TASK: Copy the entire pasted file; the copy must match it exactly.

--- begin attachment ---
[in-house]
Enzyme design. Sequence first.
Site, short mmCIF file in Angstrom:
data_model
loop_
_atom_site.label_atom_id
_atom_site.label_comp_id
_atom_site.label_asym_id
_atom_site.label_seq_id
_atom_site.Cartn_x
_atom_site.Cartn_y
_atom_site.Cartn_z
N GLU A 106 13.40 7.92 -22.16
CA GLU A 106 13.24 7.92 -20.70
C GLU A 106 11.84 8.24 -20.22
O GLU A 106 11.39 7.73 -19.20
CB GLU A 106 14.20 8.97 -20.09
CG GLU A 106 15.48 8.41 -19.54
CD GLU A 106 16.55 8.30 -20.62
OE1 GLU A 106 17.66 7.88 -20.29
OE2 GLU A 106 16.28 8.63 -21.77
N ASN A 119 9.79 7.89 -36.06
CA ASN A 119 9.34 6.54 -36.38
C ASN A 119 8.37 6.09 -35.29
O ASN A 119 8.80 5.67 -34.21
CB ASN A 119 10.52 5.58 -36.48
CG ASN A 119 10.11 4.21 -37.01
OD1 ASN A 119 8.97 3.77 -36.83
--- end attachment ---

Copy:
[in-house]
Enzyme design. Sequence first.
Site, short mmCIF file in Angstrom:
data_model
loop_
_atom_site.label_atom_id
_atom_site.label_comp_id
_atom_site.label_asym_id
_atom_site.label_seq_id
_atom_site.Cartn_x
_atom_site.Cartn_y
_atom_site.Cartn_z
N GLU A 106 13.40 7.92 -22.16
CA GLU A 106 13.24 7.92 -20.70
C GLU A 106 11.84 8.24 -20.22
O GLU A 106 11.39 7.73 -19.20
CB GLU A 106 14.20 8.97 -20.09
CG GLU A 106 15.48 8.41 -19.54
CD GLU A 106 16.55 8.30 -20.62
OE1 GLU A 106 17.66 7.88 -20.29
OE2 GLU A 106 16.28 8.63 -21.77
N ASN A 119 9.79 7.89 -36.06
CA ASN A 119 9.34 6.54 -36.38
C ASN A 119 8.37 6.09 -35.29
O ASN A 119 8.80 5.67 -34.21
CB ASN A 119 10.52 5.58 -36.48
CG ASN A 119 10.11 4.21 -37.01
OD1 ASN A 119 8.97 3.77 -36.83